Research Ethics in Africa Custom Essay
The dilemma that the multinational pharmaceutical company faced in Case # 37 as it enters the third phase of the clinical trials raises the moral responsibilities of the company as a researcher, scientist, business, and a fellow human being. Phase III of the clinical trials signify the final or at least next-to-final stages in the research trials, ensuring that the drug itself is effective and safe for usage throughout. With approval and success so close at hand, the collaboration between the pharmaceutical company and the researchers and scientists in Africa can only lead to victory for both sides in a quicker manner. Unfortunately, the negotiations between the company/researchers and the representatives of the host country involved raise the question and internal fight of the business, selfish, and self-glorified sides of human nature versus the philanthropic and humanistic emotions of the Homo sapiens race.
In respond to the request of the company to perform the study on the children of the African country after acquiring the informed consents from the mothers, the host country asked that the company look further into ensuring a more effective translation and conveyance of the trial protocols, involvements, adverse effects, and knowledge of the study to the patient. In addition, the representatives of the country also request that if the vaccination proves effective and safe then all children in the country should get free vaccinations for a total of five years. As the company responded to the demands that the country post, to comply would put the company at a huge loss at which the sales of the vaccination may not be able to return and make a profit that can benefit the company and research alone. It will also undermine the company’s research in other countries, and thus, they’d have to refuse.
These demands, although great and beneficial for the unfortunate children, are very one-sided. As humans and
scientists, the research aims to cure and help anyone and everyone in needs. Yet, as a company and a business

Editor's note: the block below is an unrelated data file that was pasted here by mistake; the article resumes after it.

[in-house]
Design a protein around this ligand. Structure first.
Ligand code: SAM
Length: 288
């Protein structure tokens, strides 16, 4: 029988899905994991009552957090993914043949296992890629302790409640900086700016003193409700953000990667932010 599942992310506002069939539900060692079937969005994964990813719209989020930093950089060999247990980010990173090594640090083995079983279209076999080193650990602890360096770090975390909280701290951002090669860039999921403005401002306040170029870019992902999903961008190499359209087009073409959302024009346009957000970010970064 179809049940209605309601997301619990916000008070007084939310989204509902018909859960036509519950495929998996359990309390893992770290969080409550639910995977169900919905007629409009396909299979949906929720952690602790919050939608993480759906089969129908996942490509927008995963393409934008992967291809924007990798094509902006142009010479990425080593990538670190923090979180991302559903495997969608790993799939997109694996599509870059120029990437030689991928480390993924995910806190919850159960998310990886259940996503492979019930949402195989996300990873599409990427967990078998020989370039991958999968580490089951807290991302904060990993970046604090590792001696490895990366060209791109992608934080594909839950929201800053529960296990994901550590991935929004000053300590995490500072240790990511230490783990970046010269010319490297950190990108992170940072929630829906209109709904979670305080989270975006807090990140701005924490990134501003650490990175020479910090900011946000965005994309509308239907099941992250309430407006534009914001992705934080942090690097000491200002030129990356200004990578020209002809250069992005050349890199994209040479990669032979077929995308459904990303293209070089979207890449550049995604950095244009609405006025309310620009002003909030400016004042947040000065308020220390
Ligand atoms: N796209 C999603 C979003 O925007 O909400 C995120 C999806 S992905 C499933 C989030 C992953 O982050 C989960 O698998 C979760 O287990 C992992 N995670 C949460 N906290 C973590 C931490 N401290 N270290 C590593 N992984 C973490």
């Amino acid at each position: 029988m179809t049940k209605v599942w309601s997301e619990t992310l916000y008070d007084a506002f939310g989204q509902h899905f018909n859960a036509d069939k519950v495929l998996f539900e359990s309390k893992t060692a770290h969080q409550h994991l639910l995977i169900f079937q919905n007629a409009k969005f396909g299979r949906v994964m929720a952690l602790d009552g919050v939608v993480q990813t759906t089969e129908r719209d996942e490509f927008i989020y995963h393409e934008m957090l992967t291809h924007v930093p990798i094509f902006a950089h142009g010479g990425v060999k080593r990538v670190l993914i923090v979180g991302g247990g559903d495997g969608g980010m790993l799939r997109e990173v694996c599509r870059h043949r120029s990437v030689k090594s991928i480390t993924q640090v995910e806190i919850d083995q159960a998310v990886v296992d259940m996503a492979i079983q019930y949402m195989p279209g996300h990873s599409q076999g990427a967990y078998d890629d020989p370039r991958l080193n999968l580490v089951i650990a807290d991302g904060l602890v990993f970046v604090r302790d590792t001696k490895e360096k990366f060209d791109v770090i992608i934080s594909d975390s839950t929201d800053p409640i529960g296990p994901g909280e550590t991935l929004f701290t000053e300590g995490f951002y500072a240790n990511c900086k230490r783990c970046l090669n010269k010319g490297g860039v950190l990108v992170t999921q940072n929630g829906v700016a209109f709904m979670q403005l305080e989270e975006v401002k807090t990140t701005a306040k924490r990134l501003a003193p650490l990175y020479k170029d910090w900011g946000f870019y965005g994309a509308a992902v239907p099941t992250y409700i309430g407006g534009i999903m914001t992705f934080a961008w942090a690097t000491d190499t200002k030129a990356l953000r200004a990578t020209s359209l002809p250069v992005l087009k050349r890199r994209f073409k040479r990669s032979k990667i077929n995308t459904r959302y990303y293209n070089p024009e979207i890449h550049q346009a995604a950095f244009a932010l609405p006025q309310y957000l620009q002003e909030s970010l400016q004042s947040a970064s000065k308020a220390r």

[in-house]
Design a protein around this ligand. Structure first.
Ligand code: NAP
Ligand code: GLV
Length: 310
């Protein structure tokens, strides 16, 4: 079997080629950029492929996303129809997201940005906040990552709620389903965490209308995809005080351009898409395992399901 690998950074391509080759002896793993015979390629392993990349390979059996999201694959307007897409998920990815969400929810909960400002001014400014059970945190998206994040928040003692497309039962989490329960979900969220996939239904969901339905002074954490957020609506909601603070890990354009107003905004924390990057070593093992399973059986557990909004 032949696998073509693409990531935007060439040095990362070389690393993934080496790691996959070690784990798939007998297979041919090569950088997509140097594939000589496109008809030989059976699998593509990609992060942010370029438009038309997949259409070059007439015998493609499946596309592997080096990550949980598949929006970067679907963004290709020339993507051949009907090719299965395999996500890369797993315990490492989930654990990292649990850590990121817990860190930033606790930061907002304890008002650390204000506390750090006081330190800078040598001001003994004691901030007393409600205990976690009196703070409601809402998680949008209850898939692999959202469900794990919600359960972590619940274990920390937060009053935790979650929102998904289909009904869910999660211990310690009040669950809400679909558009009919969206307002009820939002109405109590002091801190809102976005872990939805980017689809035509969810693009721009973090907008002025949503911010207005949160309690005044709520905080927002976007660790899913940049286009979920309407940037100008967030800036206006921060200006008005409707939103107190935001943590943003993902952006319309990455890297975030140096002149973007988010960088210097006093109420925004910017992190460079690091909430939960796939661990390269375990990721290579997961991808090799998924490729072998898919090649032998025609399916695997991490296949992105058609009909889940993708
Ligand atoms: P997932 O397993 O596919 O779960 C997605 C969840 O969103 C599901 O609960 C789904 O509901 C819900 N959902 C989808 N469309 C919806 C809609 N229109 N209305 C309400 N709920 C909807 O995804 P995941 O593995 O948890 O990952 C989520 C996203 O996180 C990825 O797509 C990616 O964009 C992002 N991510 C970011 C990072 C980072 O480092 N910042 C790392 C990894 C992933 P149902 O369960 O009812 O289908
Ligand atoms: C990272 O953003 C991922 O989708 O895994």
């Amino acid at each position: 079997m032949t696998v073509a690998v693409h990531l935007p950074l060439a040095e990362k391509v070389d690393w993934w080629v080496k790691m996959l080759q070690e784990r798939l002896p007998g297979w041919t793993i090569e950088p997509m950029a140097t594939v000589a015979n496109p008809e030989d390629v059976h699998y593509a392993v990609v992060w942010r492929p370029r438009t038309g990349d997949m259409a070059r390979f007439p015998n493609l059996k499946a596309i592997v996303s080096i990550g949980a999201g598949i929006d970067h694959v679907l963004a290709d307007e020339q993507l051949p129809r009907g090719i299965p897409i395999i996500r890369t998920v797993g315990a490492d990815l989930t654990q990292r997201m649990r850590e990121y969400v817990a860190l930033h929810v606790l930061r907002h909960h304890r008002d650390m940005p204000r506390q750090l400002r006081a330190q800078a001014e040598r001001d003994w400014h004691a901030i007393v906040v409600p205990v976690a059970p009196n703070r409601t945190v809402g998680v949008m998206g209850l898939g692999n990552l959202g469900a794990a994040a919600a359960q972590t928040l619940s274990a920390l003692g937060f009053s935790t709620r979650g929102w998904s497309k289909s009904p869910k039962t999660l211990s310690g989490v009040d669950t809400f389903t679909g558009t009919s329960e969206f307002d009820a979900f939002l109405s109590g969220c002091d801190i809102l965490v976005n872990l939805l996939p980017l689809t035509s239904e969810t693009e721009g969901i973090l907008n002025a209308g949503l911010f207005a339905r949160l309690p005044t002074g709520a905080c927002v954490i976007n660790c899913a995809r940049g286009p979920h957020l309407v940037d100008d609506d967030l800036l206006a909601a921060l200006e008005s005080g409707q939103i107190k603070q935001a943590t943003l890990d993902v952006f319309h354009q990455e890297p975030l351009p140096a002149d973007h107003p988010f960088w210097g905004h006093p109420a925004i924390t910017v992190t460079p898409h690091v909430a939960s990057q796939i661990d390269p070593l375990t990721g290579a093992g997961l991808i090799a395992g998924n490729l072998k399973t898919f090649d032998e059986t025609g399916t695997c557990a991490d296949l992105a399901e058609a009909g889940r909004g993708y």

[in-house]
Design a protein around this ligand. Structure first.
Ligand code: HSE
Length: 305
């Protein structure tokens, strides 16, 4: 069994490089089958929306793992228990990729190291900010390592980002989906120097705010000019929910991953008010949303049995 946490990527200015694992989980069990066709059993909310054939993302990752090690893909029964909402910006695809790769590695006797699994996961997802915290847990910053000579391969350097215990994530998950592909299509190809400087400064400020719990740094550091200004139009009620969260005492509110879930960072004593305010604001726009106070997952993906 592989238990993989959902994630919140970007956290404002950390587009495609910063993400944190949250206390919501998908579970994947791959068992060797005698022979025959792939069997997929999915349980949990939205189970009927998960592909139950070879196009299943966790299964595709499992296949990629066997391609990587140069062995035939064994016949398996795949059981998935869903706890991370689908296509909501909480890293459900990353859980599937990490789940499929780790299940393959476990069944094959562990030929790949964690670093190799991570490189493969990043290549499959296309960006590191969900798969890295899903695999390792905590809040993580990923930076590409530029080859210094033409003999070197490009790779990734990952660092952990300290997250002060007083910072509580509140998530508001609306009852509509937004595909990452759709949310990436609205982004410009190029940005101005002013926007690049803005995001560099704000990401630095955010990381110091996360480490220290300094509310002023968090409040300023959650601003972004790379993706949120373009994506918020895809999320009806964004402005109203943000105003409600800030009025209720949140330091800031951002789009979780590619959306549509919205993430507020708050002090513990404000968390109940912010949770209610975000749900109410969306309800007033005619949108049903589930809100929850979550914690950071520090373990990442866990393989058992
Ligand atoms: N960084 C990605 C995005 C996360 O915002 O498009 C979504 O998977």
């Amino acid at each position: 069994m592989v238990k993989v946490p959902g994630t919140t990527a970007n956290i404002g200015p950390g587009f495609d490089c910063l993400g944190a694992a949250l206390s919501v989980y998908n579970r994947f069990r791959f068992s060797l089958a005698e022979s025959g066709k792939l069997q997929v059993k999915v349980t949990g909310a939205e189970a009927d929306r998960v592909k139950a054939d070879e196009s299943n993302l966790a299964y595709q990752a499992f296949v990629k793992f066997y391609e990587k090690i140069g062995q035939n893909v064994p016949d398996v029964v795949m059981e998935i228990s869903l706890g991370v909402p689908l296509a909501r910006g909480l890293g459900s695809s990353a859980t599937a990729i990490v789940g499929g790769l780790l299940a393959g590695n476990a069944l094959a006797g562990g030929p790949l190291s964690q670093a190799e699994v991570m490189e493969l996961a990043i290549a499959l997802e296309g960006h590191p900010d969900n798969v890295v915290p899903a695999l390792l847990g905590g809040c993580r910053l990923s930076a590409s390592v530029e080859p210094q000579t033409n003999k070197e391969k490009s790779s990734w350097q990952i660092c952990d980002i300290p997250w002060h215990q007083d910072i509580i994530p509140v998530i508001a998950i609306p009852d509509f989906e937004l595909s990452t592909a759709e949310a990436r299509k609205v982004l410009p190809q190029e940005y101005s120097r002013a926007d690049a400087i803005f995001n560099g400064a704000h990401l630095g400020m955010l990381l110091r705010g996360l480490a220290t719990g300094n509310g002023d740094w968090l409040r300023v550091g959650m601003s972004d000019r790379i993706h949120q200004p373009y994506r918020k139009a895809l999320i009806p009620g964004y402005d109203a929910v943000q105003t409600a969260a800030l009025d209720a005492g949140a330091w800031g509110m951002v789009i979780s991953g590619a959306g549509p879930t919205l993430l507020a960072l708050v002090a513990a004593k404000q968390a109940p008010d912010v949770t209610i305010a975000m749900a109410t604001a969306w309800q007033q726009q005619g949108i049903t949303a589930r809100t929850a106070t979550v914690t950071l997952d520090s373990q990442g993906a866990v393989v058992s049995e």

endeavor, the researchers cannot forget their roles in society and to help circulate the economy. The trial
responsibilities lay only with the participants and the benefits of the trials should be shared with these
patients after full and complete consents were attained. To have to take on the duty of ensuring a malaria-free
country is too important and huge for a company to bear alone. The government should have a hand in this as well
and maybe a better compromise can come of it, benefitting both sides.
The ethical issues behind clinical research trials in third world countries have raised many red flags and
concerns for many people and groups. In assessing and asserting the righteous morality used during the studies, regulations and guidance of various levels were put in place for the best of both sides. The aims of maintaining the moral responsibilities and ethical issues for the testers and the patients participating in the trials are closely regulated and reviewed to ensure that moral procedures were utilized. Most businesses face criticisms from others as being too money-hungry, forgetting that these are people and without the capital and income they too will suffer. Ethical regulations focus on ensuring that participants are not taken advantage of; however, certain demands cause some to have to re-think who is taking advantage of whom and what is best for both groups, not just one.
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